In light of the current global displacement crisis, the largest witnessed since World War II, Refugees International welcomes the UN Summit on Refugees and Migrants, a high-level plenary meeting of the UN General Assembly. This gathering of world leaders, taking place in New York on September 19, presents a unique and critical opportunity for the international community to stand together and commit to global cooperation for securing the safety and welfare of the world’s 65 million displaced persons. Further, the member states should use this moment to commit to verifiable implementation mechanisms, solidifying each state’s obligations contained in the foundational 1951 Refugee Convention and the 1967 Refugee Protocol. Under customary international law, these obligations apply to all states, whether convention signatories or not. In addition, the Summit’s outcome document, referred to as the New York Declaration on Refugees and Migrants, which also includes the Comprehensive Refugee Response Framework, will be a critical tool going forward and the basis for developing a global compact by 2018.
Refugees International remains concerned, however, that the UN General Assembly’s refugees and migrants meeting may only serve to reinforce the status quo without strengthening accountability and enforcement mechanisms.
Refugees International remains concerned, however, that the UN General Assembly’s refugees and migrants meeting may only serve to reinforce the status quo without strengthening accountability and enforcement mechanisms. Instead, Refugees International urges the Summit participants to truly tackle the weaknesses in a system that has broken down in the face of the current unprecedented displacement crisis combined with government policies that favor shifting responsibility and restricting movement over providing protection, assistance, and long-term solutions.
The outcome document, expected to be adopted during next week’s plenary meeting, contains a reaffirmation of fundamental rights and principles for displaced people, but which likely will not break any new ground. These basic rights and principles include the “respect for the institution of asylum and the right to seek asylum” and “adherence to the fundamental principle of non-refoulement in accordance with international refugee law,” as well as the importance “to find long term and sustainable solutions” for displaced persons. The draft document also recognizes climate change induced displacement and the need to improve systems for the protection and assistance of people displaced by climate change and natural disasters. And last but not least, member states will pledge to “work towards” the adoption of a Global Compact on comprehensive refugee response by 2018.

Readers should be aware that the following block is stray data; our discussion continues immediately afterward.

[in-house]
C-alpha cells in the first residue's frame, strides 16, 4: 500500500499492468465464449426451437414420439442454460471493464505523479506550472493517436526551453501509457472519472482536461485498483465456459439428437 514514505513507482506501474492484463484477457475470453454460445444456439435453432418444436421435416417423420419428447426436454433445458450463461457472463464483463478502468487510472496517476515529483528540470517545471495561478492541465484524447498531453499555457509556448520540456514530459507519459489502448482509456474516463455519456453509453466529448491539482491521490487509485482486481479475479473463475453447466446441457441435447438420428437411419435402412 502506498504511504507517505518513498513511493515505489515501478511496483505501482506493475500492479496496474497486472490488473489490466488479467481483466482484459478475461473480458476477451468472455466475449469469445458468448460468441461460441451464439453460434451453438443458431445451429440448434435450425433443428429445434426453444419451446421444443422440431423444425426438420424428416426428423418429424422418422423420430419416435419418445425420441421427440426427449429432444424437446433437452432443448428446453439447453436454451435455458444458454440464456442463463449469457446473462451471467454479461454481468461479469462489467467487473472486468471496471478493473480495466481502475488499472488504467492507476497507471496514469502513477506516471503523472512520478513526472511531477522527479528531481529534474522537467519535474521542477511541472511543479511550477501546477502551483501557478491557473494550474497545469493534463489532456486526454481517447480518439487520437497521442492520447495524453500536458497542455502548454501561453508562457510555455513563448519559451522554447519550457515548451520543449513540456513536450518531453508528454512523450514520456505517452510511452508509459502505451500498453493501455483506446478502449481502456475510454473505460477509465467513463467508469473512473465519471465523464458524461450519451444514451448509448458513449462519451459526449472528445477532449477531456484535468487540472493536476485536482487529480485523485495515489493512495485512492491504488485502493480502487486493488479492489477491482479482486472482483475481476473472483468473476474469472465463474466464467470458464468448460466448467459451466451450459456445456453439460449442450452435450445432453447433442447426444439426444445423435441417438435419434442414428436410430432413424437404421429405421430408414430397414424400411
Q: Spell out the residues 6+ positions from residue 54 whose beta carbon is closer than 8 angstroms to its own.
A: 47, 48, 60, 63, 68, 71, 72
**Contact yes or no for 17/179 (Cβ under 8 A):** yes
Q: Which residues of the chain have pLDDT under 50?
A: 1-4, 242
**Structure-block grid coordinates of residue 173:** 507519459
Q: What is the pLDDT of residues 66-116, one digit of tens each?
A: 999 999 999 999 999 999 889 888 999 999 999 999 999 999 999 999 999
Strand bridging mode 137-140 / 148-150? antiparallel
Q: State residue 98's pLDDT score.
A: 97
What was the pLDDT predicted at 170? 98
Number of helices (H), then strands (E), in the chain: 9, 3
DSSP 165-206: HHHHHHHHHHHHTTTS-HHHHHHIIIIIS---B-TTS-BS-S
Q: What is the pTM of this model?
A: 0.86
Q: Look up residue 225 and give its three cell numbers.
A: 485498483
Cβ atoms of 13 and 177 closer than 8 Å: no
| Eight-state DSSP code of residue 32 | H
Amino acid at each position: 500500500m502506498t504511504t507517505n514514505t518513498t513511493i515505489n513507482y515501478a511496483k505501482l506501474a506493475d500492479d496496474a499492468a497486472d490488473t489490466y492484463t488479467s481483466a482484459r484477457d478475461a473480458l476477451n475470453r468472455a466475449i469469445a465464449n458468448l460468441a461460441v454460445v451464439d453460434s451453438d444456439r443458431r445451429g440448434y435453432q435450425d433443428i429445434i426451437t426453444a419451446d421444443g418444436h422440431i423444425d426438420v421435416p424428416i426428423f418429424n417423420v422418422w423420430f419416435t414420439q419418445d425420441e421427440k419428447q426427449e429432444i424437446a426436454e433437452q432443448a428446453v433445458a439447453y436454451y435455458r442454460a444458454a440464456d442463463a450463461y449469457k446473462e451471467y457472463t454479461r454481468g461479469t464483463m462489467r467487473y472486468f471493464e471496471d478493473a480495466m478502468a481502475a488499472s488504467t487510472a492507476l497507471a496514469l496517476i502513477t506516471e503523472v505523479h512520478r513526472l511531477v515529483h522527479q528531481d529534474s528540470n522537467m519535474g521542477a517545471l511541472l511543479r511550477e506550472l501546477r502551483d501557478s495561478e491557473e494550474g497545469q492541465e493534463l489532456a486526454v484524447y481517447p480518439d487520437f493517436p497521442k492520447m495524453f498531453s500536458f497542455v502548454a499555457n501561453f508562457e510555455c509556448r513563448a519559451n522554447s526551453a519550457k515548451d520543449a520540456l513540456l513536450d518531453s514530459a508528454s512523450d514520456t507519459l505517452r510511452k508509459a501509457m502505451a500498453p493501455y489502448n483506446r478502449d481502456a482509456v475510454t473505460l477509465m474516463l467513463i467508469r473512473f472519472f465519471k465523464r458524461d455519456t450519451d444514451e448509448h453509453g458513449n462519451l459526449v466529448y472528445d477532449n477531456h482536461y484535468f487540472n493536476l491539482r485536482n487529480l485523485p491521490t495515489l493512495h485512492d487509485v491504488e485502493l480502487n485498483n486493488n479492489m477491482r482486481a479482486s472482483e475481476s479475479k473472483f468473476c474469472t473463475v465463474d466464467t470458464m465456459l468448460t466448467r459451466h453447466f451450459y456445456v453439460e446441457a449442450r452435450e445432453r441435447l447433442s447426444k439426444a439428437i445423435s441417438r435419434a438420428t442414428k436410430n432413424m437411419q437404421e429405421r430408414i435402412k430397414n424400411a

In the form it is expected to be adopted, the Summit’s outcome document lacks the teeth to hold member states accountable to their commitments to those re-stated principles or to improve harmful behavior.
In the form it is expected to be adopted, the Summit’s outcome document lacks the teeth to hold member states accountable to their commitments to those re-stated principles or to improve harmful behavior. For example, on the day of the Summit, the Kenyan government maintains its threat to close the Dadaab refugee camps, the largest in the world, with premature returns to Somalia as the only offered solution. Refugees and migrants in the Mediterranean also continue to be used as bargaining chips in negotiations between the European Union and Turkey, as Turkey’s border with Syria remains officially closed. European Union countries also committed to relocating 160,000 asylum seekers from Greece and Italy, but have only reached three percent of that target. Millions of people displaced within their own countries’ borders fall through the cracks of a system that often fails to meet basic needs. The commitments in the outcome document stand in stark contrast to the reality that many displaced people face on the ground and to the actual behavior that a number of member states and other international actors have taken in response to the global refugee crisis.
As is the usually the case with international summits, the ultimate value of this meeting will also depend on the work that happens in the days, weeks, months, and years ahead. Refugees International will continue to investigate and evaluate each member state’s actions and compliance with its international protection obligations and will continue to give voice to those not in attendance at today’s summit: the tens of millions of refugees and internally displaced people around the world.